Baserunning has not seen the improvements one would hope for considering the other areas advancing as much as they have. Runners still slide into bases when they should be making turns (such as a base where there is no play) and the lack of “rounding the base” animations at times look a bit un-natural because everything else looks so much better. It’s not the worst – just did not advance much. Maybe next year this area can receive the attention it deserves. On the other hand, stealing bases seem to be well balanced. Pick-offs do not happen too often and the CPU relents at times as opposed to previous years where it would throw over constantly. They also pitch out at times, which is nice to see.
Tags seem to be cleaned up a bit but I did see one instance where the ball beat the runner and fielder didn’t go straight to block the runner from the bag but rather choose to do a sweep tag. This was a sole instance but it is worth noting. There are completely new scenarios for catchers on a play at the plate. They do swipe tags and other animations that are new. Missing from what I experienced are the collisions during close plays. They may be there, but it was very difficult to trigger them.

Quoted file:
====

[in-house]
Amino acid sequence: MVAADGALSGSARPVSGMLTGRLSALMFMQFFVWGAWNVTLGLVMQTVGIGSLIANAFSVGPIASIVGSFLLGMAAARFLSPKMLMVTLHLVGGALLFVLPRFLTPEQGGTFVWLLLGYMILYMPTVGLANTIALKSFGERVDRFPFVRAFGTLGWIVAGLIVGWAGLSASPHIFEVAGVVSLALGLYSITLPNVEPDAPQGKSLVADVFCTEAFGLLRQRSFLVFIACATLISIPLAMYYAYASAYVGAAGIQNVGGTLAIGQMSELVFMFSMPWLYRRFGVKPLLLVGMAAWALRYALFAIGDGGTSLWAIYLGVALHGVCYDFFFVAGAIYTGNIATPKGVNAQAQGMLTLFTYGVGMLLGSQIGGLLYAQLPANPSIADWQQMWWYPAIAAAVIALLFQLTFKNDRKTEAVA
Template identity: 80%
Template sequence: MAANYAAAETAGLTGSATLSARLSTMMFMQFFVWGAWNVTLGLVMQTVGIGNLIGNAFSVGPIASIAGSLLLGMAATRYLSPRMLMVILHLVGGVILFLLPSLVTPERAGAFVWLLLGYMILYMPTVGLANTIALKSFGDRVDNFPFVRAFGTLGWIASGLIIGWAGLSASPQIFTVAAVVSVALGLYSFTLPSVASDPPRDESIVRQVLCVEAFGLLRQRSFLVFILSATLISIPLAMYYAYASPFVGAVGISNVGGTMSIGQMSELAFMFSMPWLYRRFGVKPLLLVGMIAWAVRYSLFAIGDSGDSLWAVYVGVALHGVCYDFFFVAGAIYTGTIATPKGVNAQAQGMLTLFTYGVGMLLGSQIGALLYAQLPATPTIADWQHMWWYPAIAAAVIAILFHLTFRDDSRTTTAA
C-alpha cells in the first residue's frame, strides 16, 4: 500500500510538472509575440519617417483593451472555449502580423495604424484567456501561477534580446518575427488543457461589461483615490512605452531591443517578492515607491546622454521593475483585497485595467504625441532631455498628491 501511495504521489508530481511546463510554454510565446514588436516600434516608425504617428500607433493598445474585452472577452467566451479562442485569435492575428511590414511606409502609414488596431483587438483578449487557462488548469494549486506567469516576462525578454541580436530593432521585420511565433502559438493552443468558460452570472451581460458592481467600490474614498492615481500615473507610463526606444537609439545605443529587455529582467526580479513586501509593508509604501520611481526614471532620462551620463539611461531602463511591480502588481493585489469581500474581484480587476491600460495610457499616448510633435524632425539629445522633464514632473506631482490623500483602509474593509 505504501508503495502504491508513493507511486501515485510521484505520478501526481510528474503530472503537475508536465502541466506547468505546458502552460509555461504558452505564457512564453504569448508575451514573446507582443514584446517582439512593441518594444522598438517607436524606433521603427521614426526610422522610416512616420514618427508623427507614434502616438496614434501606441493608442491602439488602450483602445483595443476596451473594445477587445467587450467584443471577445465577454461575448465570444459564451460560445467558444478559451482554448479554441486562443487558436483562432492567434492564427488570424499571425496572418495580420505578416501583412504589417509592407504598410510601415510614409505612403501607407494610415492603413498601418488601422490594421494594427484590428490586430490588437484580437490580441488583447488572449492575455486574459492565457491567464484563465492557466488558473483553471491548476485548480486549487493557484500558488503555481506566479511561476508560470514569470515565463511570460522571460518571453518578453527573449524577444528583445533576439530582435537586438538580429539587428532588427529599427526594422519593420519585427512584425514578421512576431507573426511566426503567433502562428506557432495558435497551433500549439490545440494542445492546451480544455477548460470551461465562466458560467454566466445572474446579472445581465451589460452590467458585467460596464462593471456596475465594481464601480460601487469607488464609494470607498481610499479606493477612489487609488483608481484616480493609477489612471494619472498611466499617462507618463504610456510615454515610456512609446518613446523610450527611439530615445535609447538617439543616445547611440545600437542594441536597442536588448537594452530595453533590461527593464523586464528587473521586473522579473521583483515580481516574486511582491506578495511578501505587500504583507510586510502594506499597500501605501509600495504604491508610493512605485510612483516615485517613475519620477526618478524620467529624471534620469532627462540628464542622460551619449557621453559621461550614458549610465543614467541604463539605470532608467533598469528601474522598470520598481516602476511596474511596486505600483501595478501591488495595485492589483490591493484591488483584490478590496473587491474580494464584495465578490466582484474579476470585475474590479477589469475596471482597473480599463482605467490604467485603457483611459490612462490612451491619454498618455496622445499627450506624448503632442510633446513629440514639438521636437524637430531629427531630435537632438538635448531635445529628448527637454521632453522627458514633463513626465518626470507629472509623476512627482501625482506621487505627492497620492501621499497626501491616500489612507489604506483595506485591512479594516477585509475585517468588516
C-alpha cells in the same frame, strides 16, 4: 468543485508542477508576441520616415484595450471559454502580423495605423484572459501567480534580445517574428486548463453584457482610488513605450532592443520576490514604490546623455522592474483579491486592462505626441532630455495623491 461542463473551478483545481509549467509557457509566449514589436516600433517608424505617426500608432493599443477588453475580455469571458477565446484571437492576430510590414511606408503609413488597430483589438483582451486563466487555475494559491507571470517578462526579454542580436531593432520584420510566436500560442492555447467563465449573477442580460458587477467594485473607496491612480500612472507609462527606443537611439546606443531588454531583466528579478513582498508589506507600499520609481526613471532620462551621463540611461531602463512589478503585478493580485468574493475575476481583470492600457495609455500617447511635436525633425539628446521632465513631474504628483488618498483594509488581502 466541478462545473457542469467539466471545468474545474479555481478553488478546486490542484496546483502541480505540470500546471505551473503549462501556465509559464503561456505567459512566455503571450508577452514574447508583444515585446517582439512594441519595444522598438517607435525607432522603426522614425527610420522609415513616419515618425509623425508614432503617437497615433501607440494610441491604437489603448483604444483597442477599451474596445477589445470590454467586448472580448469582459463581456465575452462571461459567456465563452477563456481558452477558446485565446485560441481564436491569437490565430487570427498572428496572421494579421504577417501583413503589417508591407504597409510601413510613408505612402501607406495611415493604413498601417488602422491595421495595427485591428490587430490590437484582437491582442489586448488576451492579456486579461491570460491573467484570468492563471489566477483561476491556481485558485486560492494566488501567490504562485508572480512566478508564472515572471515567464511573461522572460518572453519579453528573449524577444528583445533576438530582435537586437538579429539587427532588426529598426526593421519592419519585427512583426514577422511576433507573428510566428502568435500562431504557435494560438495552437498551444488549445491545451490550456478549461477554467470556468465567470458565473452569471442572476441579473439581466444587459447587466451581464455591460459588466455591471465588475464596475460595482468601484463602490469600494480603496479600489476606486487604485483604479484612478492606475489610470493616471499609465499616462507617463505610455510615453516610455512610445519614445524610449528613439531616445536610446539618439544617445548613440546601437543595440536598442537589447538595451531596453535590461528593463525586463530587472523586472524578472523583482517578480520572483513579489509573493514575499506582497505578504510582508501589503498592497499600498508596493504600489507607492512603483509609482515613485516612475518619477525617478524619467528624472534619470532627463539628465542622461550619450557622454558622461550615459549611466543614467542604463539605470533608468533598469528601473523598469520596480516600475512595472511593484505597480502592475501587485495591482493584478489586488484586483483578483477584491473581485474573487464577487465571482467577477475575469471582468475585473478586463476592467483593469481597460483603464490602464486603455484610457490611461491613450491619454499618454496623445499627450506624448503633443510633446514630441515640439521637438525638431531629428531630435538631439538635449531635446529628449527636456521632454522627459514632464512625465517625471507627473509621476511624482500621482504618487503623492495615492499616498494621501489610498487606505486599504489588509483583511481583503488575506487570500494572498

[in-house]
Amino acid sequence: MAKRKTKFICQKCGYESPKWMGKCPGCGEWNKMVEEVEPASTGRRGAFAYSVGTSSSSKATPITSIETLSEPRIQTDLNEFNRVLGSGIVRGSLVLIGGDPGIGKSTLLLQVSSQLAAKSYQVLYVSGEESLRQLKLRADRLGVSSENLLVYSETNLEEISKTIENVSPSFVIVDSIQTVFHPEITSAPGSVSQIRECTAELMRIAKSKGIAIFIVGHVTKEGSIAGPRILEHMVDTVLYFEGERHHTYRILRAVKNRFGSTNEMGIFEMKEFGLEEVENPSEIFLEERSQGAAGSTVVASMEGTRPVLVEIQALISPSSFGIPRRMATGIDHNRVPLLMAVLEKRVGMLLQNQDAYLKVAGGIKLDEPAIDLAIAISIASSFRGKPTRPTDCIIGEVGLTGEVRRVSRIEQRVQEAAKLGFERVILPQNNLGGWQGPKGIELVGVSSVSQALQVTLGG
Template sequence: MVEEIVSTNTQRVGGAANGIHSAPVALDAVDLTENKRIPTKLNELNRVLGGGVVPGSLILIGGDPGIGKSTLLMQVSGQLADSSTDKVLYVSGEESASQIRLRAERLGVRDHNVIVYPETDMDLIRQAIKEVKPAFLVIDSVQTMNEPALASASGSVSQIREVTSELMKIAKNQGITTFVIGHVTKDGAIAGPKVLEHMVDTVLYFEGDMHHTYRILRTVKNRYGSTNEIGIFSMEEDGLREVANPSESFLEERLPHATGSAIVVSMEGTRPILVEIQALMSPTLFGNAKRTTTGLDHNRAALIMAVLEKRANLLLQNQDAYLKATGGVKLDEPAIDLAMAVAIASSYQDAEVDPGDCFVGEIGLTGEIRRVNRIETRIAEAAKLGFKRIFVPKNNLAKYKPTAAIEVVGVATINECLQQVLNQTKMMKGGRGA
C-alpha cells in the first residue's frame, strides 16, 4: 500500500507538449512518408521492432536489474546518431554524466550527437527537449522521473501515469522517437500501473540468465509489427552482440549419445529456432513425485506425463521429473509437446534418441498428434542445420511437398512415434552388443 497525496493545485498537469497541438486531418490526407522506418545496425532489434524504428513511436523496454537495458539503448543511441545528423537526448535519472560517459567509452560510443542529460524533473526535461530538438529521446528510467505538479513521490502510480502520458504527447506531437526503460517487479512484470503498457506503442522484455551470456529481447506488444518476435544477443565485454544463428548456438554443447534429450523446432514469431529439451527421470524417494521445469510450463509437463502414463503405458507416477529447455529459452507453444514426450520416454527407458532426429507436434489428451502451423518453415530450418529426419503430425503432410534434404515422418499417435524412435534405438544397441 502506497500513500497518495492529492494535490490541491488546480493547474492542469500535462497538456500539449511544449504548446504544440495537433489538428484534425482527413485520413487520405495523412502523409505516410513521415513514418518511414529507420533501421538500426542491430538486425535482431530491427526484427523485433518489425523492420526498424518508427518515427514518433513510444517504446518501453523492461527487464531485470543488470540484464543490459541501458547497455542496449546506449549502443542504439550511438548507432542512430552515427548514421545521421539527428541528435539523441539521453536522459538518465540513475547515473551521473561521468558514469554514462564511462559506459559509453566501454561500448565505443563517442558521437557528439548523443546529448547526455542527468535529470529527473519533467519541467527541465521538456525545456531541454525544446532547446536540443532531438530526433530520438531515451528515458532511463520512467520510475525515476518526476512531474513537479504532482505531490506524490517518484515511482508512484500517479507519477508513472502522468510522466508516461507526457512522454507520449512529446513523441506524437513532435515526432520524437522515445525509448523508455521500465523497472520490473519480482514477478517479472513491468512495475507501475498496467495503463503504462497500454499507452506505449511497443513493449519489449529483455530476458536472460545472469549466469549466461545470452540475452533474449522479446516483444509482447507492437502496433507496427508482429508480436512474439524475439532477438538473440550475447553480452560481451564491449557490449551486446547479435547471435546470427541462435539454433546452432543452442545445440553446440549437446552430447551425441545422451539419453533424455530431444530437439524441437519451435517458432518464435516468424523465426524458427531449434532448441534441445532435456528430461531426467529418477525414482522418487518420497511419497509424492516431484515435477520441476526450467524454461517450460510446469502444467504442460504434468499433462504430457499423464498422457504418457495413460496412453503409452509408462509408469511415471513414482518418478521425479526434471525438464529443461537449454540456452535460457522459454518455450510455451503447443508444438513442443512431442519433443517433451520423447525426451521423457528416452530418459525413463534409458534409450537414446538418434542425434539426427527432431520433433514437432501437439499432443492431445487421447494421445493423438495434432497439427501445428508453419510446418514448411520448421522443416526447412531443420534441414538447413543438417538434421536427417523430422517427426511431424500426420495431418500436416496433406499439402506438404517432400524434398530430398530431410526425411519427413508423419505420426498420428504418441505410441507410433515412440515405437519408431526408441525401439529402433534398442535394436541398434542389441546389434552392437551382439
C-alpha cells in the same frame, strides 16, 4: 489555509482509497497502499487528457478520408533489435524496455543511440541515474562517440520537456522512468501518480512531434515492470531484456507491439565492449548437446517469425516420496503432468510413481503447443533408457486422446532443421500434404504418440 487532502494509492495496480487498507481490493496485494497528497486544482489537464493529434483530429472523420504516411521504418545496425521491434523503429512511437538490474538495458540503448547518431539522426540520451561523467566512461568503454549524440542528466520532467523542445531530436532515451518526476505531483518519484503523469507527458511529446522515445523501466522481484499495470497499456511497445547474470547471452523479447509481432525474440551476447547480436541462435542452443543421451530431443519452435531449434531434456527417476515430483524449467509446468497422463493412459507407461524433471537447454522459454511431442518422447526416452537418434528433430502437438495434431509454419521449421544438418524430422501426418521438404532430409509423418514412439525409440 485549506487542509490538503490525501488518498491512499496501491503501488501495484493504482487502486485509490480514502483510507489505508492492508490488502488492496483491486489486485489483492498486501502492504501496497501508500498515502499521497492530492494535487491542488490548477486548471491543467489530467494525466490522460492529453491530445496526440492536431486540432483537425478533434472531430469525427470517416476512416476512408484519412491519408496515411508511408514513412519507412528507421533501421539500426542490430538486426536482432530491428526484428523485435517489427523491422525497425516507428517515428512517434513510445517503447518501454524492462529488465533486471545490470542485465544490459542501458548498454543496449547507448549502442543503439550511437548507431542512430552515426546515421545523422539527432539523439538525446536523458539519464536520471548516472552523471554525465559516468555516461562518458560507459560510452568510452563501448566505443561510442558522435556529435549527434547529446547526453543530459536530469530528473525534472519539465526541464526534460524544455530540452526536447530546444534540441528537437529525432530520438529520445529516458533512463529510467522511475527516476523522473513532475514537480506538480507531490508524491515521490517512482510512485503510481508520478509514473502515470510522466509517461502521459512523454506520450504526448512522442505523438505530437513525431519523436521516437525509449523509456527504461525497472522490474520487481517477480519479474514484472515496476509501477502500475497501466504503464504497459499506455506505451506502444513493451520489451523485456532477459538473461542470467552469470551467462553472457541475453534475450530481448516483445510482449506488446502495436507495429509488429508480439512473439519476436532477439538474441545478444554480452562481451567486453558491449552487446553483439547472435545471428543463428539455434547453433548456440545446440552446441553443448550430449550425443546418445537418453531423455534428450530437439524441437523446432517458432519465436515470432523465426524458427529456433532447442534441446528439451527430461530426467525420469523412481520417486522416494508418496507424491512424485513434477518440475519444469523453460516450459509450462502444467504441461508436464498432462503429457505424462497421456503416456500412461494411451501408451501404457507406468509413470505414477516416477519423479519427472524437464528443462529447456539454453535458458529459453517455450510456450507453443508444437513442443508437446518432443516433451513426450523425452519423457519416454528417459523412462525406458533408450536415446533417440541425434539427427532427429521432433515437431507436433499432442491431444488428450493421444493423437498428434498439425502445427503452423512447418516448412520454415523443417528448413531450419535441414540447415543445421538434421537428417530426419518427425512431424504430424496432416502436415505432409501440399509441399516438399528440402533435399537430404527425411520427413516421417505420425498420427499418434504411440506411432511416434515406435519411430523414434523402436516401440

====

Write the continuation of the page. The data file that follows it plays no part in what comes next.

I can’t help but focus on just how good the game has come together. There is this… synergy that is present with all of the changes that allow the game to feel different than before, but more importantly respect the game of baseball. In our short time with the game, I can’t even begin to point out all of the great scenarios that were a direct result of all the changes this year.
MLB12: The Show is shaping up to take the series to new heights while still staying true to their roots. The gameplay has a refreshing new feeling that will take center stage once consumers have a chance to try out the many changes seen this year. After experiencing what some will end up saying is the best playing game in the past few years of the series, this is one show you will not want to miss.